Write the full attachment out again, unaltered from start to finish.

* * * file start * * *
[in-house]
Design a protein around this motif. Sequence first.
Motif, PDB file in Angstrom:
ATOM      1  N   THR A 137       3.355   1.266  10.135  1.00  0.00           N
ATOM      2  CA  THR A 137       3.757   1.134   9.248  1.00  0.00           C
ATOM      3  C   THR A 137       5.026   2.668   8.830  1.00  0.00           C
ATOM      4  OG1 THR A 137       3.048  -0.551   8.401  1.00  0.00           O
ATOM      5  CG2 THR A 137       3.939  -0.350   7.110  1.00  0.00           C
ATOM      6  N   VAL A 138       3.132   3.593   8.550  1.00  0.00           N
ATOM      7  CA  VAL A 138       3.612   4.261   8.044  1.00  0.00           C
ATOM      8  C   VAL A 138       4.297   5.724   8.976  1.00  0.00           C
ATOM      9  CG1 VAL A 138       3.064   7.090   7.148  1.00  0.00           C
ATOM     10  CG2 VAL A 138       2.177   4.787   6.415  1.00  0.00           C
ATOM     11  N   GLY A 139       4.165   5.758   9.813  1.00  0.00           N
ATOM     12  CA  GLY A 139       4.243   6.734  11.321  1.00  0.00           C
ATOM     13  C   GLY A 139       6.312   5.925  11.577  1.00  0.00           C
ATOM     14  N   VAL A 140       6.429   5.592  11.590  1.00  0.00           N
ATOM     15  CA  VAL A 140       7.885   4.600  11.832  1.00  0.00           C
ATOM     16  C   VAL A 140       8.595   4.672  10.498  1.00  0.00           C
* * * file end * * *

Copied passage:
[in-house]
Design a protein around this motif. Sequence first.
Motif, PDB file in Angstrom:
ATOM      1  N   THR A 137       3.355   1.266  10.135  1.00  0.00           N
ATOM      2  CA  THR A 137       3.757   1.134   9.248  1.00  0.00           C
ATOM      3  C   THR A 137       5.026   2.668   8.830  1.00  0.00           C
ATOM      4  OG1 THR A 137       3.048  -0.551   8.401  1.00  0.00           O
ATOM      5  CG2 THR A 137       3.939  -0.350   7.110  1.00  0.00           C
ATOM      6  N   VAL A 138       3.132   3.593   8.550  1.00  0.00           N
ATOM      7  CA  VAL A 138       3.612   4.261   8.044  1.00  0.00           C
ATOM      8  C   VAL A 138       4.297   5.724   8.976  1.00  0.00           C
ATOM      9  CG1 VAL A 138       3.064   7.090   7.148  1.00  0.00           C
ATOM     10  CG2 VAL A 138       2.177   4.787   6.415  1.00  0.00           C
ATOM     11  N   GLY A 139       4.165   5.758   9.813  1.00  0.00           N
ATOM     12  CA  GLY A 139       4.243   6.734  11.321  1.00  0.00           C
ATOM     13  C   GLY A 139       6.312   5.925  11.577  1.00  0.00           C
ATOM     14  N   VAL A 140       6.429   5.592  11.590  1.00  0.00           N
ATOM     15  CA  VAL A 140       7.885   4.600  11.832  1.00  0.00           C
ATOM     16  C   VAL A 140       8.595   4.672  10.498  1.00  0.00           C